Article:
U.S. Grains Climb As Demand Improves; Soy Slides – Nasdaq

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By Jesse Newman

CHICAGO--U.S. grain futures settled higher on Friday as crude oil prices rebounded and greater demand boosted corn and
wheat markets.

Meanwhile, soybeans dipped.

Meanwhile, a rally in crude oil prices also boosted the corn market. Higher prices for crude oil often lead to greater
domestic demand for corn since it prompts refiners to blend more corn-based ethanol into the nation's gasoline supply.

"In an extremely volatile week for a lot of markets, corn was incredibly stable," said Doug Bergman, an analyst with
investment firm RCM Asset Management in Chicago.

Corn futures for March corn rose 3 1/4 cents, or 0.9%, to $3.70 1/4 a bushel at the Chicago Board of Trade, the
highest closing price since Dec. 21.

Wheat prices inched higher, propped up by strength in the corn market and improving export sales. Gains were limited,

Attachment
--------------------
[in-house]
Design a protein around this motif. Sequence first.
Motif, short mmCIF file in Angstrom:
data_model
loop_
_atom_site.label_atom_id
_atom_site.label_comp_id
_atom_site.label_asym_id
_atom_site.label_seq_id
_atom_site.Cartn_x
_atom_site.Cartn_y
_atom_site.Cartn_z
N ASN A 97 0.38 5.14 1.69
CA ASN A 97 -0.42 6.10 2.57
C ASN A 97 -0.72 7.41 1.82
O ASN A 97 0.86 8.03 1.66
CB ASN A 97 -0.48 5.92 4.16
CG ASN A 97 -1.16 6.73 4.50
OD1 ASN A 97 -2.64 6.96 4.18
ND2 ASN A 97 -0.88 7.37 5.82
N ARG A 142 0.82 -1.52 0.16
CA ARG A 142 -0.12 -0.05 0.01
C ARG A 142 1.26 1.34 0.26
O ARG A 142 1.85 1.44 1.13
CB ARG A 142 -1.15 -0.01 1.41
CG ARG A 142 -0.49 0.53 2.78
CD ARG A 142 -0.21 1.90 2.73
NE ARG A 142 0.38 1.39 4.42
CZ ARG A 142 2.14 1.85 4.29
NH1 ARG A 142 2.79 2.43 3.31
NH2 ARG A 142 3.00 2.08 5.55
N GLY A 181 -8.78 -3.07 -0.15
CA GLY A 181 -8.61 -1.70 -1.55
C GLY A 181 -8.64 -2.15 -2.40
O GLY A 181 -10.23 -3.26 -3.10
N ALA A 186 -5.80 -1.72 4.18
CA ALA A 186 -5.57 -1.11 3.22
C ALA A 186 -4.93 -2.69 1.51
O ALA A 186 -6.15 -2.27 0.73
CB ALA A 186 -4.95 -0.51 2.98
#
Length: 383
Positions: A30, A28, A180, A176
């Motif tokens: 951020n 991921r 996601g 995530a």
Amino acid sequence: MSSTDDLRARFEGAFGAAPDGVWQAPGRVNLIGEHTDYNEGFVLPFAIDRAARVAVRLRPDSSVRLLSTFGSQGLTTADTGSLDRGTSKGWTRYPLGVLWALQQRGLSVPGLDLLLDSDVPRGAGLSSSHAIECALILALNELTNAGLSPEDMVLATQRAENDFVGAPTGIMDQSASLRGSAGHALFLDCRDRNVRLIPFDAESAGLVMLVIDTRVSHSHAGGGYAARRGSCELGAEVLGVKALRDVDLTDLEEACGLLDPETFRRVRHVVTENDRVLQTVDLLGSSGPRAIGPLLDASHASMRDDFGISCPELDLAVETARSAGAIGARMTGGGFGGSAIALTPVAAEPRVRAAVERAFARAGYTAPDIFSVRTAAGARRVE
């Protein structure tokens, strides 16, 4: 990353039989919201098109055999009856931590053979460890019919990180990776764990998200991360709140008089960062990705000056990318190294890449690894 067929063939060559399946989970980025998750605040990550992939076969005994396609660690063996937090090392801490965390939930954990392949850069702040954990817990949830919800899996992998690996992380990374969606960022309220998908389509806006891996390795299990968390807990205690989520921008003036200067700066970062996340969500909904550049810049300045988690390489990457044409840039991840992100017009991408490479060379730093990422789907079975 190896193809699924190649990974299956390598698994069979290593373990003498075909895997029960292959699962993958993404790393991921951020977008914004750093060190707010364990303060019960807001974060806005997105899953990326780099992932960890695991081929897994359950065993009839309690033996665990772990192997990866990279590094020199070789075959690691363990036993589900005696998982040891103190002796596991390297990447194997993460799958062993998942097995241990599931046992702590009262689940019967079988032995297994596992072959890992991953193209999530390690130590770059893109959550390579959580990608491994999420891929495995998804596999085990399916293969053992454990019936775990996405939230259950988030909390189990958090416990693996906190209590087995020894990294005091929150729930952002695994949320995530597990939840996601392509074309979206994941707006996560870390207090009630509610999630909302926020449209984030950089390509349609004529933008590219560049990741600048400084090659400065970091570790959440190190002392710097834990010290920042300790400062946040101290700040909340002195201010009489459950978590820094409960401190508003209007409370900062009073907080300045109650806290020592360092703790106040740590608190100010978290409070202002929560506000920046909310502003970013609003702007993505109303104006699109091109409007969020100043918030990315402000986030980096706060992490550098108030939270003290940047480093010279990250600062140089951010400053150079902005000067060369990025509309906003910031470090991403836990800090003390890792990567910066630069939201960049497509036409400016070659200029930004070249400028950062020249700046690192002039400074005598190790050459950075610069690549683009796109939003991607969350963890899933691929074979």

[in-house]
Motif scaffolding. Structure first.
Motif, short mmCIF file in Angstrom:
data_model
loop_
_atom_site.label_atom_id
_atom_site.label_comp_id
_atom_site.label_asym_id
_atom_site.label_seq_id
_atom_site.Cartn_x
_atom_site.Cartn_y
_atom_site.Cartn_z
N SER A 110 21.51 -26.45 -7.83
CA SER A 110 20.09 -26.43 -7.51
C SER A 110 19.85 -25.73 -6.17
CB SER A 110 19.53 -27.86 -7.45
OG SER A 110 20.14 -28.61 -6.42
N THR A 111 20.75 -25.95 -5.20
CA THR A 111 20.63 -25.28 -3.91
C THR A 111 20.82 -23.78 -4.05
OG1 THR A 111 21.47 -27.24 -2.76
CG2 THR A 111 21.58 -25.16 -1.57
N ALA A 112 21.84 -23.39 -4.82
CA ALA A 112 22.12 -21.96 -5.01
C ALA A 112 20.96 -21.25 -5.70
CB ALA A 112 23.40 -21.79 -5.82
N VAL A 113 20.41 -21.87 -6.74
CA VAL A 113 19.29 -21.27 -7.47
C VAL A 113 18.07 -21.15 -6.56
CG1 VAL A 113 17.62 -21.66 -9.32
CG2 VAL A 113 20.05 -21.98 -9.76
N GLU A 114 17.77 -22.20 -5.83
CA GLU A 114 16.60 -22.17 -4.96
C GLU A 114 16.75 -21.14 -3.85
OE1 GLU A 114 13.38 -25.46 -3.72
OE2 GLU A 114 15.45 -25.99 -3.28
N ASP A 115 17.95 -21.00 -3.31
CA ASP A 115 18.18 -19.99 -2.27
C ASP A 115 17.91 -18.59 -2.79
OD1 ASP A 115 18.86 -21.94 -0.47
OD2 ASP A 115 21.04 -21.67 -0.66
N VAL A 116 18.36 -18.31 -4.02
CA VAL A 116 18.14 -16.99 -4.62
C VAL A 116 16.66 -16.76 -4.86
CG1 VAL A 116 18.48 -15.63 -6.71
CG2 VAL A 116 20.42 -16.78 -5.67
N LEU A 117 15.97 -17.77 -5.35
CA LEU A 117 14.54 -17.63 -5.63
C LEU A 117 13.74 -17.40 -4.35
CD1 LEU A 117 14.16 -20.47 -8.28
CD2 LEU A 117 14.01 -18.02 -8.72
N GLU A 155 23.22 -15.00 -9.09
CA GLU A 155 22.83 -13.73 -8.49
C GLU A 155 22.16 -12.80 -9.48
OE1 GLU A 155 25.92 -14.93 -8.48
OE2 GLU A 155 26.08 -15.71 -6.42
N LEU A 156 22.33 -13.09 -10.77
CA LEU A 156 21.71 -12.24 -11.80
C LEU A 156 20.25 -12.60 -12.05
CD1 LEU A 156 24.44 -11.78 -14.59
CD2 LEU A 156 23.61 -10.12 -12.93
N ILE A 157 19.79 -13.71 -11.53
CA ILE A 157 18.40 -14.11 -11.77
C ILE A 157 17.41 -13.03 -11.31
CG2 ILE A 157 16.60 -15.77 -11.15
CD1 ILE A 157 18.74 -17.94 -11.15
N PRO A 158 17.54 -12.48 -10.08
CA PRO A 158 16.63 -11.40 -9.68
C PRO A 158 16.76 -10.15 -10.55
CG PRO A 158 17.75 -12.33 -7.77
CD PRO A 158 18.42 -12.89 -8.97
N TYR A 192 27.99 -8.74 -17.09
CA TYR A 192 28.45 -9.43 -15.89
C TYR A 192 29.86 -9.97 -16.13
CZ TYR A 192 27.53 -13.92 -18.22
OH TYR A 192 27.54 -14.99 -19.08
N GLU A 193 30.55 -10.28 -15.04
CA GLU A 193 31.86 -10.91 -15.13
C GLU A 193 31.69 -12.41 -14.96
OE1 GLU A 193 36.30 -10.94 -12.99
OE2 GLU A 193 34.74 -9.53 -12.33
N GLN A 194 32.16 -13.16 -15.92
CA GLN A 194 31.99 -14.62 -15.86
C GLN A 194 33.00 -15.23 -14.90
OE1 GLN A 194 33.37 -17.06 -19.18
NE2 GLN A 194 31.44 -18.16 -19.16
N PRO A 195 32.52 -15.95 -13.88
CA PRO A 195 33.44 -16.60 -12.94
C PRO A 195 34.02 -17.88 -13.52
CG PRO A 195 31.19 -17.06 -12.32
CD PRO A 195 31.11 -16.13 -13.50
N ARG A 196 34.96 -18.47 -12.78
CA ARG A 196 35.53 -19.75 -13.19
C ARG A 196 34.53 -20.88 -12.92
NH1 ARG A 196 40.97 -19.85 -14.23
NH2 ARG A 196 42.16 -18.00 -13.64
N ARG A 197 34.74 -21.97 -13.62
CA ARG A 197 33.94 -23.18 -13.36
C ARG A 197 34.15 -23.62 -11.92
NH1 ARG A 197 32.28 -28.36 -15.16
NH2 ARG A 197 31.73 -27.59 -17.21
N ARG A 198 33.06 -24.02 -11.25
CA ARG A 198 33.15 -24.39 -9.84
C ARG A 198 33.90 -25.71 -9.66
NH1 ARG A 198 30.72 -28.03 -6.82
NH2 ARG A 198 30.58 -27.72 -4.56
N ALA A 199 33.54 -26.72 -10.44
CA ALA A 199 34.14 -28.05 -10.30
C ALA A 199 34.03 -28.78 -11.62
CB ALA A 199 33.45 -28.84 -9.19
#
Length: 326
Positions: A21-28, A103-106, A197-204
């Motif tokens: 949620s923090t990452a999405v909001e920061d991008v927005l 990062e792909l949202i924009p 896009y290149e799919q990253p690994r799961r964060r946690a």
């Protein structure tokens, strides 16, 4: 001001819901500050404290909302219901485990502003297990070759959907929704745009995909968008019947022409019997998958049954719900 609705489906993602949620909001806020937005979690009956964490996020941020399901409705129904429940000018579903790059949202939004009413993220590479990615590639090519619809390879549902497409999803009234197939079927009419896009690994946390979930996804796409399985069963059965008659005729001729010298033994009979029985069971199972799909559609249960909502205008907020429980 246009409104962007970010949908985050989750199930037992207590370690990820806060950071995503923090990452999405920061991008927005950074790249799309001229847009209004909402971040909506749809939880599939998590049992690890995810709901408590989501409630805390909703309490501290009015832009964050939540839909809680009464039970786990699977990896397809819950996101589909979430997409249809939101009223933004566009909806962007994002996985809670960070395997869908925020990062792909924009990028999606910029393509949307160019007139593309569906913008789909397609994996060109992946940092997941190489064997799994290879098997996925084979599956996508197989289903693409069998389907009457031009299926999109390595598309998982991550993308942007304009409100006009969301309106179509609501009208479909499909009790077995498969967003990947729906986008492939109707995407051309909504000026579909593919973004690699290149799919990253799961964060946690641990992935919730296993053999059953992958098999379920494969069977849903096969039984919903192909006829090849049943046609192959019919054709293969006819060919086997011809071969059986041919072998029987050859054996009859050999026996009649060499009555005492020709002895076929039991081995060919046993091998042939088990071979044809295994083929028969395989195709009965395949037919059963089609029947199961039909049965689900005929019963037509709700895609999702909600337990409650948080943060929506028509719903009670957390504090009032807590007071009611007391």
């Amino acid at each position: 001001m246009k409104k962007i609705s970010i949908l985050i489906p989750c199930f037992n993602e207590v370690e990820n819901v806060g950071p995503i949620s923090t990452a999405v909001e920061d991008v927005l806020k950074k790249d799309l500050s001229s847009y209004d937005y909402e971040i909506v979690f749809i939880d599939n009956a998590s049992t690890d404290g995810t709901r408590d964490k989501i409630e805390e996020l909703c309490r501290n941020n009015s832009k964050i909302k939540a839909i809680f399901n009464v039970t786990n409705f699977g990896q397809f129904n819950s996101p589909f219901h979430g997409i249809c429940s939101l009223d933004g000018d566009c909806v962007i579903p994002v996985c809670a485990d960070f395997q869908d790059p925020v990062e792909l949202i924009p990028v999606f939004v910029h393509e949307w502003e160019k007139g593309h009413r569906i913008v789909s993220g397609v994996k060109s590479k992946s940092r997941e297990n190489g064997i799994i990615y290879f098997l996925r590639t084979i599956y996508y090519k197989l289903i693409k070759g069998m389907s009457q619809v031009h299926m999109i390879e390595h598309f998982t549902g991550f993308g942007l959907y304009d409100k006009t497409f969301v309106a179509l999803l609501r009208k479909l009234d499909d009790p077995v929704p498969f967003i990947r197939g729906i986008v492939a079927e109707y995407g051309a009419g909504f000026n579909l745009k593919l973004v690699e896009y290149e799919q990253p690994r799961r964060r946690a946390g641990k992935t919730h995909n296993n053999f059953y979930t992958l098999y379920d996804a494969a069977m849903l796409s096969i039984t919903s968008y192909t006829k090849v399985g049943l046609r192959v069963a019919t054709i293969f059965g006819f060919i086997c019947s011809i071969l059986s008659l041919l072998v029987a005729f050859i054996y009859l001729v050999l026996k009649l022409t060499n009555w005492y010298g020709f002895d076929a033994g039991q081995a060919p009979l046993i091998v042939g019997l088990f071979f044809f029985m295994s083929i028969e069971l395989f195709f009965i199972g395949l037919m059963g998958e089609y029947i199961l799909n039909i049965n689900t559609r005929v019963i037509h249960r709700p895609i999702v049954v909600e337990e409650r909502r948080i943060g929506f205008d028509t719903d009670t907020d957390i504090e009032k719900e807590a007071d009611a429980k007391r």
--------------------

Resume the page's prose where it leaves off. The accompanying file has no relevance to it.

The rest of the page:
however, by increasing competition in the world market, with Argentina exporting more wheat thanks in part to a weaker
peso, which makes grain supplies from that country less expensive for world importers.

CBOT March wheat added 1/2 cent, or 0.1%, to $4.75 1/2 a bushel.

Soybean prices dipped after trading higher for much of the day as U.S. and Argentine farmers began marketing crops to
take advantage of an upswing in the market. Prices for the oilseeds gained earlier in trade thanks to the rally in crude
oil prices and adverse weather in South America which is threatening soybean crops there.

CBOT March soybeans slid 2 cents, or 0.2%, to $8.76 1/2 a bushel.

Write to Jesse Newman at jesse.newman@wsj.com

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